"Color Night Vision"™ is a Trademark not a Technology

Nearly every professional IP camera has a setting to force color mode at night and disable infrared night vision, but that doesn't mean you should use it.

surveillance industry shortchange

The Remarkable Story of How Lorex Named Something that They, Themselves, Rated as Not Working at Night: "Color Night Vision."

You may also be interested in these related articles federal ban of Hanzhoa Hikvision and Shenzhen Dahua Technologies (the parent company of Lorex) and the 1 Million Dahua / Lorex devices infected with the BASHLITE malware virus.

Is this "Feature" Unique?

Here are the feature settings from the company with the trademark:

color night vision trademarked

Here are the same features from a company without the trademark:

color night vision not trademarked but still present 1

Here are some more companies without the trademark:

color night vision not trademarked but still present 2 color night vision not trademarked but still present 3
color night vision not trademarked but still present 4
color night vision not trademarked but still present 5

As you can see, the option to turn off infrared night vision is pretty ubiquitous across the industry. One of these is even made in the same factory and uses a highly similar codebase and components as the trademark holder.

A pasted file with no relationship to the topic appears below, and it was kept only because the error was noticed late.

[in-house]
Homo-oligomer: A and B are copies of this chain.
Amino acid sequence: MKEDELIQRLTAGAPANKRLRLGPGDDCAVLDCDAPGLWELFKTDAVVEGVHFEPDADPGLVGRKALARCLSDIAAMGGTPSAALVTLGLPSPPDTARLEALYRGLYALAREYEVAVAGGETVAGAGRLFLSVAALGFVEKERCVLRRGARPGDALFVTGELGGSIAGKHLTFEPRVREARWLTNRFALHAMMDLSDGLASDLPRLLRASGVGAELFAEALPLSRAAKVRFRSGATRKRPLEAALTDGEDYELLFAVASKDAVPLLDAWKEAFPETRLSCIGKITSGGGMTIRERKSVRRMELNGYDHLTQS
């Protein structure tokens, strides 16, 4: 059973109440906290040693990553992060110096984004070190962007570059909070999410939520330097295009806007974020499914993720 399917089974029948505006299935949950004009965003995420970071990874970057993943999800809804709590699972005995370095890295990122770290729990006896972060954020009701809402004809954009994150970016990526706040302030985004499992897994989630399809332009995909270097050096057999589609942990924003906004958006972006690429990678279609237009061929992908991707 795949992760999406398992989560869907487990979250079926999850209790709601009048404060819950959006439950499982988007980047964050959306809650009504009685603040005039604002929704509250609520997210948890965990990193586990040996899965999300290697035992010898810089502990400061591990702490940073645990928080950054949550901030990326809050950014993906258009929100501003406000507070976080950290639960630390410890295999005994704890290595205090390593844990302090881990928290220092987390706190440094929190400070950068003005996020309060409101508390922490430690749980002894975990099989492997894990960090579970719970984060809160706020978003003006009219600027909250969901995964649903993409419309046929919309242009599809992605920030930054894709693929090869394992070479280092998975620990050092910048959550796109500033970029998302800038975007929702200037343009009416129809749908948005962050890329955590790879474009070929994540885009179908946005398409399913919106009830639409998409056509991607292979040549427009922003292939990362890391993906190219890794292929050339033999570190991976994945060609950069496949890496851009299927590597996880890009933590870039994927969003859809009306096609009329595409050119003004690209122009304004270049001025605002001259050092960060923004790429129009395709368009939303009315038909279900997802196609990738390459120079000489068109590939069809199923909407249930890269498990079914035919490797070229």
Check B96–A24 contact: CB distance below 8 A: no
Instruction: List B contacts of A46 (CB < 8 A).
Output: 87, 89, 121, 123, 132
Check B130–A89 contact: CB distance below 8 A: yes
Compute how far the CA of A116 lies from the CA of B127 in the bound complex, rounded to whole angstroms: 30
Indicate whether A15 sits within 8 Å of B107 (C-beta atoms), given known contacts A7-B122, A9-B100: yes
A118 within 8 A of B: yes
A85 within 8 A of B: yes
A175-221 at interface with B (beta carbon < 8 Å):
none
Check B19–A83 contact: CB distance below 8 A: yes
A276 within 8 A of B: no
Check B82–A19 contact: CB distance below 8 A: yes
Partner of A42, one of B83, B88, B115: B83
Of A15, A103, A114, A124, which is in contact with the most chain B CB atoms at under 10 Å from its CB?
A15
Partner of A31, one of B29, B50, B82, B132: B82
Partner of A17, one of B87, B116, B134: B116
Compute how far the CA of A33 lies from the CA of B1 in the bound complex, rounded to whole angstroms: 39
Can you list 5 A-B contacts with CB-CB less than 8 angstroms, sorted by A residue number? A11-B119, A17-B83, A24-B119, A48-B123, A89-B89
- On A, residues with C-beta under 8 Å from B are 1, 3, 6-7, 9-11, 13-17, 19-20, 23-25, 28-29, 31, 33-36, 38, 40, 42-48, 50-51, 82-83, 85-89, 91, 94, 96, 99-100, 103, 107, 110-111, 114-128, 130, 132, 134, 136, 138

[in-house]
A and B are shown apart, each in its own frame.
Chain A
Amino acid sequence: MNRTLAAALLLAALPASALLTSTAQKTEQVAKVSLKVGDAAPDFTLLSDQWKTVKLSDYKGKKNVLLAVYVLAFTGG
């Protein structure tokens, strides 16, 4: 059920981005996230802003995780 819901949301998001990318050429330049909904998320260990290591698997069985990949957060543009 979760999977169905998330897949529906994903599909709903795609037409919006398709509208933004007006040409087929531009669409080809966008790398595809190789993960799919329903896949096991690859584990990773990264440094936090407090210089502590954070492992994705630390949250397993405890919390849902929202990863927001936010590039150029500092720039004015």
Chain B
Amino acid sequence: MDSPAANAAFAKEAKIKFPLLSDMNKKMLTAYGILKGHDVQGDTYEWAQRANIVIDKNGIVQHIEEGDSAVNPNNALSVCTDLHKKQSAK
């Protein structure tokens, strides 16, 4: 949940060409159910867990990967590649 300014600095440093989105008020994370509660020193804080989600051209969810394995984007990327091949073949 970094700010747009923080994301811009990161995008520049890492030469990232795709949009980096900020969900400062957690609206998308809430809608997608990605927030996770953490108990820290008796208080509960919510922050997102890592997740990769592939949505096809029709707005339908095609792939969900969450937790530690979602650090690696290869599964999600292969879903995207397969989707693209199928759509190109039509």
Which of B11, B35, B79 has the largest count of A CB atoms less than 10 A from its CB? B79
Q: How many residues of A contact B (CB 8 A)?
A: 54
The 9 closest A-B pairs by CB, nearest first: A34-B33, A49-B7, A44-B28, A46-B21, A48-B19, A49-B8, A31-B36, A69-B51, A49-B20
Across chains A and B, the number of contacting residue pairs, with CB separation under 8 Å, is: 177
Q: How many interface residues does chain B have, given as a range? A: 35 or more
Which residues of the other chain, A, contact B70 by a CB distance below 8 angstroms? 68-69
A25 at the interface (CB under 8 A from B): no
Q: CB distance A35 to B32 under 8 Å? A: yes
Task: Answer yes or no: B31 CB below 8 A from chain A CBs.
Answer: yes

Almost every camera can be forced into color mode at night

Here's an example of some footage from about 9 PM at night, but this isn't the whole story.

This video only looks great because nothing is happening.

If tons of manufacturers have this, why don't they mention it?

The don't mention it because it isn't any good. "Color Night Vision" causes motion blur.

Let's talk about how a camera works.

adjustable shutter speed

Shutter Speed and the Absorption of Light

Every camera (including security, movie, and regular cameras) operates the same way: a shutter opens which allows light to be absorbed by the image sensor. Then the shutter closes allowing it to take the next picture. When recording video, these pictures are taken so quickly that your brain perceives them as fluid, but a movie camera, camcorder, or security camera are all just taking rapid pictures.